Newsmakers, September 22, 2016

Air Date:
Heard On Newsmakers
Roberto Partarrieu and Erika DeWald
Roberto Partarrieu and Erika DeWald Hope Kirwan/WPR

The Economics of Aging-

More Wisconsin senior citizens are likely to work until they are older, go back to work after retirement and seek help paying their bills as the population ages.

Experts say those trends are already happening in the nation, across the state and in the La Crosse area.

Catholic Charities, which provides financial advice to those who need it in the Wausau, Eau Claire, La Crosse and Prairie du Chien areas, deals with 270 senior citizens now in the La Crosse area, about 10 percent of the clientele that needs financial planning advice.

“It is prevalent, and they need all kinds of help, it’s either transportation, or food or financial assistance,” said Catholic Charities Executive Director Roberto Partarrieu. “The idea that we retire at 65 is old fashioned. In my experience, if they’re healthy, they try to keep working.”

Partarrieu adds paying for housing is the top concern for many seniors in the La Crosse area.

Those who help seniors find work say they are noticing a big trend, more women who are seniors are moving back into the workforce after having been retired after their spouse dies. Erika DeWald is an employment specialist for the Wisconsin Senior Employment (WISE) program through Workforce Connections in La Crosse.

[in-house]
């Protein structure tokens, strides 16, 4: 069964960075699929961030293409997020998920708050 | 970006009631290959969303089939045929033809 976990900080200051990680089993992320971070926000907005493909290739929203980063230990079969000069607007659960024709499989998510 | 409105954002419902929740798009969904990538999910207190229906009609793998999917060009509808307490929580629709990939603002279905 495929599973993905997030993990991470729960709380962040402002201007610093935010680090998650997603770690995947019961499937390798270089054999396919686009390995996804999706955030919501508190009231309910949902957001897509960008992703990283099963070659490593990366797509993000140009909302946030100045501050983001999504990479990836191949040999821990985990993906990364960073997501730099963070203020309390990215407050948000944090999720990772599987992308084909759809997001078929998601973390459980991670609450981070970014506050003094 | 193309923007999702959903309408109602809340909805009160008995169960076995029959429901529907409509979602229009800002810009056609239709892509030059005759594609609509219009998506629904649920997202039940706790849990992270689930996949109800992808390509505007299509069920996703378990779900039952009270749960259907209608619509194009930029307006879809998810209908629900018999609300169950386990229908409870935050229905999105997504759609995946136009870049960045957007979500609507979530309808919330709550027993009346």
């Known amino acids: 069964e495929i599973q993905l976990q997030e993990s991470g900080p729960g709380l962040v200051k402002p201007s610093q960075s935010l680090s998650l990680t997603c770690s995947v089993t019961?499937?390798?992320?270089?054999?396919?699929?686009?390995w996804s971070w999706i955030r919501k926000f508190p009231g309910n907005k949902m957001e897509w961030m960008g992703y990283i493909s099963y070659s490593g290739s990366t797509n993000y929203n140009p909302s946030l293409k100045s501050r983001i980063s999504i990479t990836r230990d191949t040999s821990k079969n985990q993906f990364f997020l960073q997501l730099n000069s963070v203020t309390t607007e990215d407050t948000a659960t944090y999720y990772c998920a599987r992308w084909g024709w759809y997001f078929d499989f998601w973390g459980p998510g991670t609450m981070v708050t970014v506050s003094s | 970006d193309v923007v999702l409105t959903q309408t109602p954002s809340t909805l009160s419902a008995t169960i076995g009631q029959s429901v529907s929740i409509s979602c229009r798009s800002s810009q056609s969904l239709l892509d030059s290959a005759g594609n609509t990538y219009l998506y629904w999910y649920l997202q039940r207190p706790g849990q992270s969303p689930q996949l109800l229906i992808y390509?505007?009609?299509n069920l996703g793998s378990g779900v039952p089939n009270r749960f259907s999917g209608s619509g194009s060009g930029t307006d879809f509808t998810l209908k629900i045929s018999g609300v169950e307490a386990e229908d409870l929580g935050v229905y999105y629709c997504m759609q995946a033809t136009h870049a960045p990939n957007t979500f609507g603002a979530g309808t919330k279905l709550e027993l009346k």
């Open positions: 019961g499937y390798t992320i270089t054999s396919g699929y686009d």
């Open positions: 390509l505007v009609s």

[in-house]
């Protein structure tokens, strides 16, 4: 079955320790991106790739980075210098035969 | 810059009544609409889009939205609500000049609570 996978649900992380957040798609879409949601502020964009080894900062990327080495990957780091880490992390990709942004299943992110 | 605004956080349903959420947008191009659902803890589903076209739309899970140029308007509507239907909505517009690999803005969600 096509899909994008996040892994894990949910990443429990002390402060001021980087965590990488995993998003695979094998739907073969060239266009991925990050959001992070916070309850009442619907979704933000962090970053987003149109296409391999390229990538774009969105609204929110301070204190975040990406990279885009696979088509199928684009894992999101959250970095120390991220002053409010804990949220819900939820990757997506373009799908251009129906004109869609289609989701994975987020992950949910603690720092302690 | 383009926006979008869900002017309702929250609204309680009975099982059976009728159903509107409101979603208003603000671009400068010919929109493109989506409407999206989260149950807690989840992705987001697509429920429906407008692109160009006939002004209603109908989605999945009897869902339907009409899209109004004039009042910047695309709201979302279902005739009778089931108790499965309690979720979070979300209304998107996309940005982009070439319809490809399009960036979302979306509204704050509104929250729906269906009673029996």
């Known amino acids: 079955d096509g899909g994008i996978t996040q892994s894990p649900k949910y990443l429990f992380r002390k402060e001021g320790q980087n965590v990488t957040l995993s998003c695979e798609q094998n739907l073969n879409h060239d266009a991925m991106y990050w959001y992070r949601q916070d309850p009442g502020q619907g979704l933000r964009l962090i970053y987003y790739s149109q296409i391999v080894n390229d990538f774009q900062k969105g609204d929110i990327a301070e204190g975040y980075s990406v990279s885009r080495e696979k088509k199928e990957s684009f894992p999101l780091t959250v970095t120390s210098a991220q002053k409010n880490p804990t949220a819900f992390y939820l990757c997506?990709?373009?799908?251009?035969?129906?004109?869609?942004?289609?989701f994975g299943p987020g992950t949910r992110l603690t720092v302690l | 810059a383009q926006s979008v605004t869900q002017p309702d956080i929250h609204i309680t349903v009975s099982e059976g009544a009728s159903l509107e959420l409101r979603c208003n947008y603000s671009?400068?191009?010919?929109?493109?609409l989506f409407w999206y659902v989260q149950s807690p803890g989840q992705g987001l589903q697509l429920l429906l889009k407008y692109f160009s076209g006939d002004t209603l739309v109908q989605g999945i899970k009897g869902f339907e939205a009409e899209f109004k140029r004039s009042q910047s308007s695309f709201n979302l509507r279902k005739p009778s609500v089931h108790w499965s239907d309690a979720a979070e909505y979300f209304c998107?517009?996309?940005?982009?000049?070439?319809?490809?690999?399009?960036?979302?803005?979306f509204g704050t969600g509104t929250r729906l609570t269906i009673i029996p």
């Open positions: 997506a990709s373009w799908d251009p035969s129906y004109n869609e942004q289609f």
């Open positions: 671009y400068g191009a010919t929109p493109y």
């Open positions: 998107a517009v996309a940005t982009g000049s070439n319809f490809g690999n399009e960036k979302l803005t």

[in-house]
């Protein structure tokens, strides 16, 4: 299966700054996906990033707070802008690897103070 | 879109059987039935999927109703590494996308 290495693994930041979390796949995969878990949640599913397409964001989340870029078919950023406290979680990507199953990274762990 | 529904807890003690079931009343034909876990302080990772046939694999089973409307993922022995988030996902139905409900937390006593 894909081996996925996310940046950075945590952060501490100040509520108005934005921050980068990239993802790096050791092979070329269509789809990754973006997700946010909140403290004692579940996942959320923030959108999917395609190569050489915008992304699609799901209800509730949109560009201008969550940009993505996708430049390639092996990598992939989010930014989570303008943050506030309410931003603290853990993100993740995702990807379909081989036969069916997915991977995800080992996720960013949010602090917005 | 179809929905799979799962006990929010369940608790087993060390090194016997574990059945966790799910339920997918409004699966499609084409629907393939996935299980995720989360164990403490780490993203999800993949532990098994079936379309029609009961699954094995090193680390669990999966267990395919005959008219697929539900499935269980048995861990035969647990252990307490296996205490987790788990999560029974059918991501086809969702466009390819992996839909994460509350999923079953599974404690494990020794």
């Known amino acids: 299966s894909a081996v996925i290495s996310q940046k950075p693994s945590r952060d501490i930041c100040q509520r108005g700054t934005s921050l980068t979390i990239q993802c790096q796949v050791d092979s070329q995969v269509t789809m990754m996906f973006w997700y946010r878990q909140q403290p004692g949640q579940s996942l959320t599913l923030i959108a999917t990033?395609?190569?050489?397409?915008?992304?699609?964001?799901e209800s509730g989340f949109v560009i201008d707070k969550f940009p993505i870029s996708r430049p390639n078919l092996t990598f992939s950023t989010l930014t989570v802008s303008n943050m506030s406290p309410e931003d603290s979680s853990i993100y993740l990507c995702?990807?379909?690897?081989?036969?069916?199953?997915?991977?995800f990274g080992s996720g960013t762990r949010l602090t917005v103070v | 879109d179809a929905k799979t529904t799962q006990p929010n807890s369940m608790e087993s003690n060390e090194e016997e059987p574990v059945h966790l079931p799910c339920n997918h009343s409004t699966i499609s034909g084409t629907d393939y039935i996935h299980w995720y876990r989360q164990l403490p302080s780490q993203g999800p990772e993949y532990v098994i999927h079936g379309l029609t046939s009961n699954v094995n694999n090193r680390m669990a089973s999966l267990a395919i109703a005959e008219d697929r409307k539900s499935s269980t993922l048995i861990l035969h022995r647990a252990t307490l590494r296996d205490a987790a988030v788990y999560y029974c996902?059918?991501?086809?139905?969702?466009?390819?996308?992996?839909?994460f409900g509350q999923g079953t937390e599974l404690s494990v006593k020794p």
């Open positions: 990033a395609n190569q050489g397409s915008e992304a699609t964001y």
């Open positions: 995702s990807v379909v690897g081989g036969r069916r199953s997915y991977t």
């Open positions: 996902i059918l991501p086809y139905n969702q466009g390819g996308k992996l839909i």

“They’re finding that the pensions and investments aren’t covering either the mortgage or utilities and it’s just not enough,” DeWald said.

The senior workforce is expected to grow as the population ages over the next 20-years, but DeWald said she’s already noticed an increase in the older population reentering the workplace, honing skills like the ability to use a computer.

There are many reasons 65 is no longer seen by millions of Americans as the golden age for retirement. Everything from a lack of savings from a young age, to lifestyle choices and a decades-long shift in money management. Even having a retirement plan can be no guarantee that there will be enough money to stop working,

“Trying to just live off interest from investments is much more difficult now in low interest rate environments,” said financial advisor Kevin McKinley, of Wisconsin Public Radio’s On Your Money, “So people are forced to either spend less, or spend more of their principal, or take more risk with their investments.”

McKinley said none of those options is appealing when people give up their income and have to live off their assets for an unknown length of time.

McKinley said a good general rule when planning for retirement is to have saved 300 times a person’s net monthly expenses. For example if someone plans to have $5,000 in monthly expenses during retirement and $2,000 in income from Social Security, they should have $900,000 in retirement savings.

– John Davis

Episode Credits

  • Hope Kirwan Host
  • John Davis Producer
  • Kevin McKinley Guest
  • Erika DeWald Guest
  • Roberto Partarrieu Guest